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For Yankee fans, catcher Thurman Munson remains a sentimental standout among the storied lineup of George Steinbrenner’s late '70s Bronx Zoo dynasty of Yankee baseball, when the team made it to three consecutive World Series, winning in '77 and '78. Former Yankee Public Relations Director Marty Appel was the ghostwriter on Munson's autobiography, and now, three decades later, returns to his legendary subject in the biography, Munson: The Life and Death of a Yankee Captain.

As a Yankee insider, Appel keeps Munson, "the heart and soul of a world championship team," in a mostly positive light, though he does reveal more sensational elements of Munson's troubled childhood in Canton, Ohio, where his emotionally abusive father criticized him right up to the end of his short life, even chewing out the casket at Munson's funeral. Appel documents Munson's career as a scholarship athlete at Kent State, his time in the Cape Cod league, and his quick ascension to the major leagues and the Yankees, where he won Rookie of the Year in 1970 and was eventually made team captain, the first player to hold the title since Lou Gehrig. His blue-collar work ethic and gruff but lovable demeanor made him an instant fan favorite (a shot of him making a tag at home plate was the first action photo used in a Topps baseball card). And during that Bronx Zoo era, gloriously depicted in Ladies and Gentlemen, The Bronx Is Burning, it was the down-to-earth Munson who balanced out (and butted heads with) his flashy teammate Reggie Jackson. After Jackson made his infamous "I'm the straw that stirs the drink" comments in a Sport magazine interview, Munson was asked if Jackson was quoted out of context. Munson's reply: "For three pages?"

Munson was only 32 when he was killed after the plane he was piloting crashed in Canton, Ohio, on August 2, 1979. Despite so many bitter memories of Ohio, it's where he ended up marrying and starting a family, and part of the reason he learned how to fly was to be able to increase visits to his family from New York. Even though he was a relatively inexperienced pilot, he quickly worked his way up from a two-piston engine to a jet. And pilot error was eventually cited as the reason for the crash, which occurred while practicing touch-and-go-landings. At the home-opener the day after his death, when No. 15 was retired, there was a ten-minute standing ovation in memory of the Yankee catcher. Munson was never inducted into the Baseball Hall of Fame, but Marty Appel's biography remains a fitting tribute. --Brad Thomas Parsons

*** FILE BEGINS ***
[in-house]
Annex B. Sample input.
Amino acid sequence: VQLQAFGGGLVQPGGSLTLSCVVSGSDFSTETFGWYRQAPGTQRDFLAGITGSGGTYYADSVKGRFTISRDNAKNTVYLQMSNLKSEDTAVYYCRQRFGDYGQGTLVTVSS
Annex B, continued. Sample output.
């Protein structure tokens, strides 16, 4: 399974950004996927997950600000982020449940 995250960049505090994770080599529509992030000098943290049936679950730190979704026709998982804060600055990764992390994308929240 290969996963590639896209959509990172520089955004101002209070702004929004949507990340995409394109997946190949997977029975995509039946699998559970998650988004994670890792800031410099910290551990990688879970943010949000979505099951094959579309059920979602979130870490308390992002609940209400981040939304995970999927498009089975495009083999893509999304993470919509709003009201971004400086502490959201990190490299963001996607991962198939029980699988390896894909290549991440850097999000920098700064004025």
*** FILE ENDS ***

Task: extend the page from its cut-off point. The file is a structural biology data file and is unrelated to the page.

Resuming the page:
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review by . January 11, 2011
posted in Just Baseball
This book presents a lot of interesting information on the personality of one of the most quirky Yankees of all time. Most Yankee fans remember the outspoken Reggie as well as Goose, and Martin of the Yankee teams of the 70's but can barely remember any interviews with Munson and until his tragic plane crash, knew very little about his personal life.     Munson had a very rough childhood with a physically abusive and usually absent father. He was expected to finish school and …
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